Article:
Let me start by saying that I have actually heard far more about ‘the Beetrooter’s’ personal life than I need to and I am pretty bewildered that commercial media (never would the term, ‘journalist’ be less appropriate) think the story of Joyce and Campion is still newsworthy, let alone worth a six figure appearance fee. Everyone involved in trying to sell this scandal masquerading as news disgusts me and I have absolutely no interest in hearing about it.
But having said that I still have to admit to some sympathy for Barnaby Joyce.
I haven’t had much chance to write much over the last couple of weeks. This has largely been to do with the birth of my daughter, which has had a profound impact on my life. As a corollary of this, a fair amount of my thoughts and observations may shift to the new topic of parenthood. I’m not planning on stealing from Sonia Kruger’s playbook and use the phrase, “as a parent,’ to make claims with no factual basis, but parenthood is a complex and fascinating area so I will be making a few comments about my experience of it on a separate page.
I never expected to hear grown adults crying about their access to balloons.
The growing problems of plastic waste and pollution are increasingly well known and it is good to see councils, governments and corporations beginning to take notice. We should all be trying to reduce our use of plastic at an individual level. I don't suggest we can easily avoid this ubiquitous material completely, but where there are easy alternatives to plastic, we should take advantage of them. Accordingly, the decision by Kingborough Council to not use balloons at their events to reduce their environmental impact seems a no-brainer.
So I was both surprised and disappointed by the reporting of the decision and commentary on social media. I will never truly be surprised by inaccurate or hyperbolic reporting in the Mercury (or any other Murdoch paper for that matter), but I am surprised, as why would grown adults make such a fuss about balloons?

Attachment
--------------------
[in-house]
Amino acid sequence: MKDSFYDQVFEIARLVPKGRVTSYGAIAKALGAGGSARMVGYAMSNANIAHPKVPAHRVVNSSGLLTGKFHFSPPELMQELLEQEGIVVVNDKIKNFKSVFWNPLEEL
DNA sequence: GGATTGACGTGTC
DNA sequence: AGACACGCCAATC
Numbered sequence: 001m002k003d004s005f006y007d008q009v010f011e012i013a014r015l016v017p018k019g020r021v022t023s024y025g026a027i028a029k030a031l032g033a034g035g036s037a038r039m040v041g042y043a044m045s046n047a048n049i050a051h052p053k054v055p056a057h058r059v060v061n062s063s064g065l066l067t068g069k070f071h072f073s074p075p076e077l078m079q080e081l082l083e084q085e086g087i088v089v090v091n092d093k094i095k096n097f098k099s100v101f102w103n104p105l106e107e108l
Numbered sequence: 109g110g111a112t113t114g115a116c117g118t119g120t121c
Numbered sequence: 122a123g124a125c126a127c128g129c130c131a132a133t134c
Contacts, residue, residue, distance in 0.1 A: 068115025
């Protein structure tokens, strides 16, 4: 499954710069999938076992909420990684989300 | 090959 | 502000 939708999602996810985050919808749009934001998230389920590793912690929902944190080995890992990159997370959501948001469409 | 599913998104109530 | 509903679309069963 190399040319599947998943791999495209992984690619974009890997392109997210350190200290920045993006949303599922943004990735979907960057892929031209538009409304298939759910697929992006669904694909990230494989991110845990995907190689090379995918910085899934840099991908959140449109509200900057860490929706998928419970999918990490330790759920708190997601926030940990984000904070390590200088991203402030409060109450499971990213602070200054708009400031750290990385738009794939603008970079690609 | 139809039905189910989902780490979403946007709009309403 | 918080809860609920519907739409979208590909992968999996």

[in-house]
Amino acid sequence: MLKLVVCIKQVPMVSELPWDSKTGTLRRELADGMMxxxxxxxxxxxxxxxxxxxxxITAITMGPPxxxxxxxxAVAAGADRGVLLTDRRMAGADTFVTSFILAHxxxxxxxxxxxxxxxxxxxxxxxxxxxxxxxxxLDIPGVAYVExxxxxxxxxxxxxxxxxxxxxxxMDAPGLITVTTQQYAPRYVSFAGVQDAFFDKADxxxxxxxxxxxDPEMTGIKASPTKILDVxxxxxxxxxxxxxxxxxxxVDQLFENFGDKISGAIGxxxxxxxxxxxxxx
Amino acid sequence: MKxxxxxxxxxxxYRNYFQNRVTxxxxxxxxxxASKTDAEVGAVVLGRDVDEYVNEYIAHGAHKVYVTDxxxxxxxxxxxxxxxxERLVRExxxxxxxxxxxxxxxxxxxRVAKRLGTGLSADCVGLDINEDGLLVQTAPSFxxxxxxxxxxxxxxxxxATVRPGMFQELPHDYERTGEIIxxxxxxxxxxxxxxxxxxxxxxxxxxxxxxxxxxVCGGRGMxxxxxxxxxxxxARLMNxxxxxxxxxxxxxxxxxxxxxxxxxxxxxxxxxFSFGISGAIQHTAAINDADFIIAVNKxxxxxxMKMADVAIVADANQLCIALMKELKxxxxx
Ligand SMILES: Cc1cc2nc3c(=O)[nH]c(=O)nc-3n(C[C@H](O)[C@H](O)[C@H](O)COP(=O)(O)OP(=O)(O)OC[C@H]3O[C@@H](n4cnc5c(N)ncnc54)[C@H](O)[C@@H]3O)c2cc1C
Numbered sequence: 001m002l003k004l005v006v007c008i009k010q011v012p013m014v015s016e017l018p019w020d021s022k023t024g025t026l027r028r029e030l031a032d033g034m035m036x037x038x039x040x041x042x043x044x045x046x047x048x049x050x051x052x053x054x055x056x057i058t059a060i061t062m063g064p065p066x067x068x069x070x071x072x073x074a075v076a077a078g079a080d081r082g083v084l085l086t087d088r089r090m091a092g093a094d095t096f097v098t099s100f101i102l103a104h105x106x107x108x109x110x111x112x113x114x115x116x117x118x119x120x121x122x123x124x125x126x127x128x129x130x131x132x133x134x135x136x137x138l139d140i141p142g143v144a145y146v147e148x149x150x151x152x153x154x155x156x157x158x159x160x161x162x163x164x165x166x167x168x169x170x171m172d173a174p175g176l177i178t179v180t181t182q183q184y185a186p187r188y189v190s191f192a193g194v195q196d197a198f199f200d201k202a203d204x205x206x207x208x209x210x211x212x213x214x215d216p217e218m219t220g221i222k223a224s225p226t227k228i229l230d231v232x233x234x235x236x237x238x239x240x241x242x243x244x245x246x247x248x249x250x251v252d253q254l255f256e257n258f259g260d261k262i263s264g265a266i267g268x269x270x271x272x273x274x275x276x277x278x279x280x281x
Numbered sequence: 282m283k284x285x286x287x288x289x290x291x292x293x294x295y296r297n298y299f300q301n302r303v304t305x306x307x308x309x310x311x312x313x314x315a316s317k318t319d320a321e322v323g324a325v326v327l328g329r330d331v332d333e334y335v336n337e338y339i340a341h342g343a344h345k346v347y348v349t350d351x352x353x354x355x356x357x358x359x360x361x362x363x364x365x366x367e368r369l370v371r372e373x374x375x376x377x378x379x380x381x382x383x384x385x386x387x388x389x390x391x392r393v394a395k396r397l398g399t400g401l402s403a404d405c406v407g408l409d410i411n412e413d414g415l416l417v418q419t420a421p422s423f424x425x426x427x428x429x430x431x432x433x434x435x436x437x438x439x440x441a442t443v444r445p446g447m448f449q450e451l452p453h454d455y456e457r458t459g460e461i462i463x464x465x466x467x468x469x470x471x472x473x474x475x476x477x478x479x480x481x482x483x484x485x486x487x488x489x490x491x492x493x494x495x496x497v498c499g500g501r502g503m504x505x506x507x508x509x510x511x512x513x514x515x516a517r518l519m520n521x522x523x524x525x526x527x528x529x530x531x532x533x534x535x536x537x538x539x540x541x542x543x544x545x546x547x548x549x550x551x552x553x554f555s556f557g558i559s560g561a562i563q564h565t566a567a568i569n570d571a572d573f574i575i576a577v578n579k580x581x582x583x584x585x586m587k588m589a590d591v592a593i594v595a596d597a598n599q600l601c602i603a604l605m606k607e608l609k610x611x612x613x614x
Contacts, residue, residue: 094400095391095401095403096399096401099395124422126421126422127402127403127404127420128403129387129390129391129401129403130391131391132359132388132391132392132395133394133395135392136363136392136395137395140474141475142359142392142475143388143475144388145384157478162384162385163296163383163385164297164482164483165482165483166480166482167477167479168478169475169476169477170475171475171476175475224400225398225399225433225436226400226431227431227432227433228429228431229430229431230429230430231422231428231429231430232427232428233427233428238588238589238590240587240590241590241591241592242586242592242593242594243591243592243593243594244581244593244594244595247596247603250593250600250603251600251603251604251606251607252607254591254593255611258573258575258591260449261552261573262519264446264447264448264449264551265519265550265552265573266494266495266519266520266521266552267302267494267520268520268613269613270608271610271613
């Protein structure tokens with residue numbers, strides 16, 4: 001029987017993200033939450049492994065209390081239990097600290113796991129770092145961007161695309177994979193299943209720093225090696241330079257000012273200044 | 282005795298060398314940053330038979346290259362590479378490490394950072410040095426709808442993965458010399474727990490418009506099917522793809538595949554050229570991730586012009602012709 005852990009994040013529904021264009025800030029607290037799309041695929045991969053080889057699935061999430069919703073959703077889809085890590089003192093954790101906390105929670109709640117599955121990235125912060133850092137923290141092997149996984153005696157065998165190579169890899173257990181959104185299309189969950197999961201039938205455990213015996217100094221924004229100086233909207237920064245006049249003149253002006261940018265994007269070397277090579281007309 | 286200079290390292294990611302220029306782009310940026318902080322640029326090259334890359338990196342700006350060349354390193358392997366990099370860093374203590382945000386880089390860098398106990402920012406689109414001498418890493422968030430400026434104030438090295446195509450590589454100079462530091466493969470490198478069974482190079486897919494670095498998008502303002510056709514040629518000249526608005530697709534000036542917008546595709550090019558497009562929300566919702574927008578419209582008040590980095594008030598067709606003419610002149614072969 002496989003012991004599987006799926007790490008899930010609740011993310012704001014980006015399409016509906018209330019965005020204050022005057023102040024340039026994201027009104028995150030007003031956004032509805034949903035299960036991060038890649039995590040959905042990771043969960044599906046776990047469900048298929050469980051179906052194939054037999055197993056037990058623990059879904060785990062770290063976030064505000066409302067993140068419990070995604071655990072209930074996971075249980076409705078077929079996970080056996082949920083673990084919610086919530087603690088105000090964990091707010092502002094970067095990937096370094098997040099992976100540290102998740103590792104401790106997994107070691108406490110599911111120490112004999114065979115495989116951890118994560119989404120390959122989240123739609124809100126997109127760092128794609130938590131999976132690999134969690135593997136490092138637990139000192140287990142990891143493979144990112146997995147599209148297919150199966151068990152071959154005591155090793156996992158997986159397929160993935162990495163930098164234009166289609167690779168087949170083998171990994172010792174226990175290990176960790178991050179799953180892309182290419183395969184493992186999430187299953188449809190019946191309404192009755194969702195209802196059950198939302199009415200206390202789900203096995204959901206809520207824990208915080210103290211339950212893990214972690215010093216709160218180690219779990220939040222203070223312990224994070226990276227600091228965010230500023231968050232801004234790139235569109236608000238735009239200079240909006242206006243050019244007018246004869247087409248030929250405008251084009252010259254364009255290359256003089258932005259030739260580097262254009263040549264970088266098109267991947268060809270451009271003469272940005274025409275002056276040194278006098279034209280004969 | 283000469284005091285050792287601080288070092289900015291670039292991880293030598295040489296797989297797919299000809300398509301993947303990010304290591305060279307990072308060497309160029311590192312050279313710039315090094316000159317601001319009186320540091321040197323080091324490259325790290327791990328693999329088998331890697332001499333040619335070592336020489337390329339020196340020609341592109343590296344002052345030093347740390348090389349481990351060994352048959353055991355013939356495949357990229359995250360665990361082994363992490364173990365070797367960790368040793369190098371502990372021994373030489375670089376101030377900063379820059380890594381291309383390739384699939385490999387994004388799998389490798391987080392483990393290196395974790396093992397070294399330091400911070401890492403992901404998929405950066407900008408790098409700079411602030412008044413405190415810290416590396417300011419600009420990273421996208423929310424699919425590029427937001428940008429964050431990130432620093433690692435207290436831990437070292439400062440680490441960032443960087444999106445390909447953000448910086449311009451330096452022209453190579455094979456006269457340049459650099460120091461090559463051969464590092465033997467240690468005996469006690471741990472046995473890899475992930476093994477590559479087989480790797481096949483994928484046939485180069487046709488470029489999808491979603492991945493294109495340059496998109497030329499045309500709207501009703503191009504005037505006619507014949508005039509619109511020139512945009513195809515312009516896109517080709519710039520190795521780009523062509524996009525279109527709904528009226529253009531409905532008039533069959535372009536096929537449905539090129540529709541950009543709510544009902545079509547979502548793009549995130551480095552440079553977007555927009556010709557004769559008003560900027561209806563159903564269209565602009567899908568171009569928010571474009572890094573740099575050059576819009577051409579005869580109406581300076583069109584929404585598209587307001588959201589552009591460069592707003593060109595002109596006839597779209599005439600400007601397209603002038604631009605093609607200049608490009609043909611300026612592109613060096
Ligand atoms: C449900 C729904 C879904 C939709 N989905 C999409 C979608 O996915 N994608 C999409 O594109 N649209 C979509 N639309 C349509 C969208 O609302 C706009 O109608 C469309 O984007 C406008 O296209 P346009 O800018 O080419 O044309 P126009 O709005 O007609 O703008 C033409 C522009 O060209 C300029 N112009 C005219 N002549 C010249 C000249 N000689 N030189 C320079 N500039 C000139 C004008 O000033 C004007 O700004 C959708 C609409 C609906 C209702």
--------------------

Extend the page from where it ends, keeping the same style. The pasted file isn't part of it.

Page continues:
I have little skin in the debate but Sunday’s gathering to protest the Mt Wellington Cable Car development can only be described as an overwhelming success. Some will try to downplay it by saying 5000 out of 500000 Tasmanians is only 1% off the population, but this is snide and disingenuous reasoning at best. Given that this is a local issue to Hobart, using the population of Tasmania as a whole for comparison purposes is unfair. Moreover the metrics of protests is that for anyone moved to attend a rally, there are probably ten times as many people who may not rally but still agree. This is also a risky path to go down for cable car proponents as it begs the question of how many supporters they could muster to a rally in favour if the development. It would be surprising if they could match or even manage half of last Sunday’s rally. Does that mean less than 1% of Tasmanians want a cable car?
I actually am not against a cable car outright. I could certainly be convinced to support a proposal such as this under the right circumstances.